We sit on the floor. The conversation wanders lazily as she shares her story. One parent had been interested in homeschooling, the other wasn't willing to risk it. "Mama once got an email signed by Sarita. It came on her birthday right after my grandma died."
Her huge eyes, so akin to the anime she loves, begin to mist with tears. "It meant so much to her. I realize you probably don't know Sarita, but just the fact that you work at Sonlight means a lot to my mom."
"You know who Sarita is, right?" Inwardly, I'm giddy with the news I'm about to drop on her. "Sarita is my mom."
Instantly we have a bond, a connection, a point of reference that links this girl, her mom, and me. The other terms we've used--homeschooler, Christian, friend--none have sparked anything close to light that my family's name ignited.
Names allow us to connect. We like our labels, our terms, our groups. We also use names to create stereotypes. Depending on your affiliations, terms like homeschooler, Catholic, liberal, stay at home mom, modesty, and anti-vax conjure very different images. I think this is the foundation for the recent "What I Really Do" meme.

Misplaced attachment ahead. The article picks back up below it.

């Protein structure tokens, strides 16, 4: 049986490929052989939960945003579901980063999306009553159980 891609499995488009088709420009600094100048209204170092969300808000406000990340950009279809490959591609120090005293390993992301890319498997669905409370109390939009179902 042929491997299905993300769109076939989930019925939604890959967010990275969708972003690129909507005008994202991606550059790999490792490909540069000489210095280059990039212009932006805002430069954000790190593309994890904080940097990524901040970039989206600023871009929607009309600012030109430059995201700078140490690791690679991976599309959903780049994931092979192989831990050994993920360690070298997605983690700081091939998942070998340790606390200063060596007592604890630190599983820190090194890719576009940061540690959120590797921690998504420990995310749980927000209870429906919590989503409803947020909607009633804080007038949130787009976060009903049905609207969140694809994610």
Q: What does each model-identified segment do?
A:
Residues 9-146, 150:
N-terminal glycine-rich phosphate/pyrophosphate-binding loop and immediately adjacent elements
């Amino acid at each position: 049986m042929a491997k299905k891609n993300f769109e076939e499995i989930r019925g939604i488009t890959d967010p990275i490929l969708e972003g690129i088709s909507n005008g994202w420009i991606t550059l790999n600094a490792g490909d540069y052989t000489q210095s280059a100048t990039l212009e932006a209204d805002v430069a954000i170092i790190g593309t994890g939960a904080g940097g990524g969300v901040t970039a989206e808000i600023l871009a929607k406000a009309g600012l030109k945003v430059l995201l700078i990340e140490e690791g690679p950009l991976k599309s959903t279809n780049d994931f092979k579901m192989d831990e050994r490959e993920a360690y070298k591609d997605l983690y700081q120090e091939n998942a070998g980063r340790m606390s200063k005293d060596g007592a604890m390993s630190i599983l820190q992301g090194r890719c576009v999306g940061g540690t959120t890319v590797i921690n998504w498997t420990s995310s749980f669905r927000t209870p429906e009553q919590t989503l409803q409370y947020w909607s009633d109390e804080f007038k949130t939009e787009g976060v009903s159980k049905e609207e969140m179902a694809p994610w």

So what's in a name?
The opportunity to connect or distance yourself. Be it the Hatfields and the McCoys, the Capulets and Montagues, an alien "Bugger" race, or even the defense of one's name presented in The Crucible, which side you're on and what the other side thinks can have devastating results. That's why I appreciate Sonlight's commitment to helping you see all sides of an issue. When we better understand, we can connect and communicate even if we disagree.
And it's possible that when Brittany and I finally get to meet this girl's mom, she may decide we're not her favorite people. But, with the connection that we have and the opportunity to see her side of things, I think we'll be able to get along.
Do homeschoolers have a good name in your area? Are there any groups you're a part of that have a name from which you wish you could distance yourself?
Filmmaker, Writer, Empty Nester
P.S. If you're interested in seeing what some homeschoolers really do, check out the 2012 Sonlight Scholarship Winners.